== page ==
Throughout Southeast Asia, a balance needs to be struck – about creating a spectacle of a culture, taking something intrinsically special and converting it into a commercial venture. The challenge is that as places become popular, the feeling of authenticity is preserved and the destination is kept from becoming “mass market” and a victim of its own success.
Halong Bay in Vietnam is one area, which an eye should be kept on. Over the past two years, the bay has seen an influx of boats and this growth is a sure sign of Halong’s continued popularity as a tourist destination. The infrastructure to support the area, including the pier, docks and jetties, also needs to be upgraded. Furthermore, environmental care needs to be taken to keep the waters clear and clean even with the growth of tourism.
Likewise in Cambodia, Angkor Wat is teeming with tourists every day from dawn until dusk, sapping it of the magical ambience that people come to see. With all of this foot traffic, the Apsara authority (and those in charge of monument maintenance) need to take steps now to ensure that Angkor Wat remains standing for future generations.
But, beyond the investment and planning required to keep the region’s natural and man-made treasures viable for tourism, cultural effects have to be accounted for.
The colourful hill tribes of the region have provided ample touring opportunities, in the form of vibrant markets, charming home stays or simple photo opportunities. An unfortunate side effect of their celebrity is that a dramatic shift in their lifestyles is occurring. Their local economies are moving away from agriculture and turning to cottage industries churning out tourist handicrafts.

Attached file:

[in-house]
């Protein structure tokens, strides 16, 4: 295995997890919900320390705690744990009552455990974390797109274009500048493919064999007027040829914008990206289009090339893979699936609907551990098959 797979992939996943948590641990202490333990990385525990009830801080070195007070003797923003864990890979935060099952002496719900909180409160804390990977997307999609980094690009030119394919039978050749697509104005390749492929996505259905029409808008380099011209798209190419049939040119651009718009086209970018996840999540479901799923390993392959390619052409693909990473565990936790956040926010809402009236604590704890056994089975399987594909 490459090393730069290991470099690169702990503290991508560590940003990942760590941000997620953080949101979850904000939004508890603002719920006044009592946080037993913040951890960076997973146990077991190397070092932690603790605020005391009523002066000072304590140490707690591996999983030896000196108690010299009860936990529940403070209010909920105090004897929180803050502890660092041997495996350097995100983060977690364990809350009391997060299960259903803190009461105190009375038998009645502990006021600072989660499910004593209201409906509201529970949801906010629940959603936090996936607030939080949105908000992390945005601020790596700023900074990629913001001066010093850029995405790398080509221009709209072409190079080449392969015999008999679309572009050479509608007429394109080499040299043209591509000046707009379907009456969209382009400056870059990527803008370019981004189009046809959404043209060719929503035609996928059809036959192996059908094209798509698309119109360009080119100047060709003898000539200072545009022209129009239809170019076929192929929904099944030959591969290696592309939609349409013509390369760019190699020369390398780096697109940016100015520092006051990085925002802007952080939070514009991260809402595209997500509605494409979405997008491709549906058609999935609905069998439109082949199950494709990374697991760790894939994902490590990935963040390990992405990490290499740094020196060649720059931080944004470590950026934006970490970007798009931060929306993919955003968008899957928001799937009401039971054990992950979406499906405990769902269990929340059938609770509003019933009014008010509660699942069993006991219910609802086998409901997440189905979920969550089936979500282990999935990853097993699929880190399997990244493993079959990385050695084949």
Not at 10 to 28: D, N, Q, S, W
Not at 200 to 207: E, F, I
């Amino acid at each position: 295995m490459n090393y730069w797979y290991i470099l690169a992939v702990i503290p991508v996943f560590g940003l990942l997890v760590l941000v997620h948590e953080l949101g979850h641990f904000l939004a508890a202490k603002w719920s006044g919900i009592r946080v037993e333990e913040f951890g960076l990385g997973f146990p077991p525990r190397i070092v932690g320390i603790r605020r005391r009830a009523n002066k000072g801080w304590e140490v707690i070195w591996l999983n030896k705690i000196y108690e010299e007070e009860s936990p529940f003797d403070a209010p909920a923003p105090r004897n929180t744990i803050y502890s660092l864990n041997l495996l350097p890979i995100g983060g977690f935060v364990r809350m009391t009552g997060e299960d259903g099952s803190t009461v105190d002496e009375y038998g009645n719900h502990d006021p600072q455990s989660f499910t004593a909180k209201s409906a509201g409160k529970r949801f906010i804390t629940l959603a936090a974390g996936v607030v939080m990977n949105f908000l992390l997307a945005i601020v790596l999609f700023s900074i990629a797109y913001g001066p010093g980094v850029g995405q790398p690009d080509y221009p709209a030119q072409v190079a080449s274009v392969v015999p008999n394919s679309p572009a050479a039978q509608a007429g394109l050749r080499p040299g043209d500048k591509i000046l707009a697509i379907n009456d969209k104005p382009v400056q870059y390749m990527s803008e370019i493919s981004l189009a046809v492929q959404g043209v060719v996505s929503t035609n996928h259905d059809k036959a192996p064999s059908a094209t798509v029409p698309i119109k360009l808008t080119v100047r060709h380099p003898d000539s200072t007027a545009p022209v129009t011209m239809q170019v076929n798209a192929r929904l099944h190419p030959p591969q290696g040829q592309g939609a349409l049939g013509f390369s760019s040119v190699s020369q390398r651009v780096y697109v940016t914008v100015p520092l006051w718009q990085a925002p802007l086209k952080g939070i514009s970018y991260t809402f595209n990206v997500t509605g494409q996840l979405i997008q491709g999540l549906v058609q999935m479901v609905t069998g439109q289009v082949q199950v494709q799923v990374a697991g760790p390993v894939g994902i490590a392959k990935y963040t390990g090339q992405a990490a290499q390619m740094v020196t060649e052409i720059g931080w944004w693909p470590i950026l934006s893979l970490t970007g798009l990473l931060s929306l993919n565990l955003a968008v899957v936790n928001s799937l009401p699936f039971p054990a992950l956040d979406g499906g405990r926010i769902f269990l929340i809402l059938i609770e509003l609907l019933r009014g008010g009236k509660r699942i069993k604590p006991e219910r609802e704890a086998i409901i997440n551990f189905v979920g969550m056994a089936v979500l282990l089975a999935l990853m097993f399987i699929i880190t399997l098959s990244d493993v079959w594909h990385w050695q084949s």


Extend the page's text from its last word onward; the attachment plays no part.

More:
As regional tourism develops, the traditional facets of their lifestyles are apt to become just decoration and lose their meaning. At what point do minorities stop being authentic country folk, and instead become performers?
As areas get popular, tour operators will be hard pressed to venture further “off -the-beaten-track” to find authentic experiences for their clients. Instead of moving farther afield, a better longer-term solution would be to manage guest expectations while at the same time providing sustainable tourism opportunities for local peoples. Instead of the ubiquitous selling of handicrafts, tour operators can partner with local communities, training them as guides, and help in creating homestay experiences. In Laos, Exotissimo has done so with the Akha people who run tours of the local area around the Kamu Lodge. Beyond creating a living wage, this project has also funded the creation of several schools.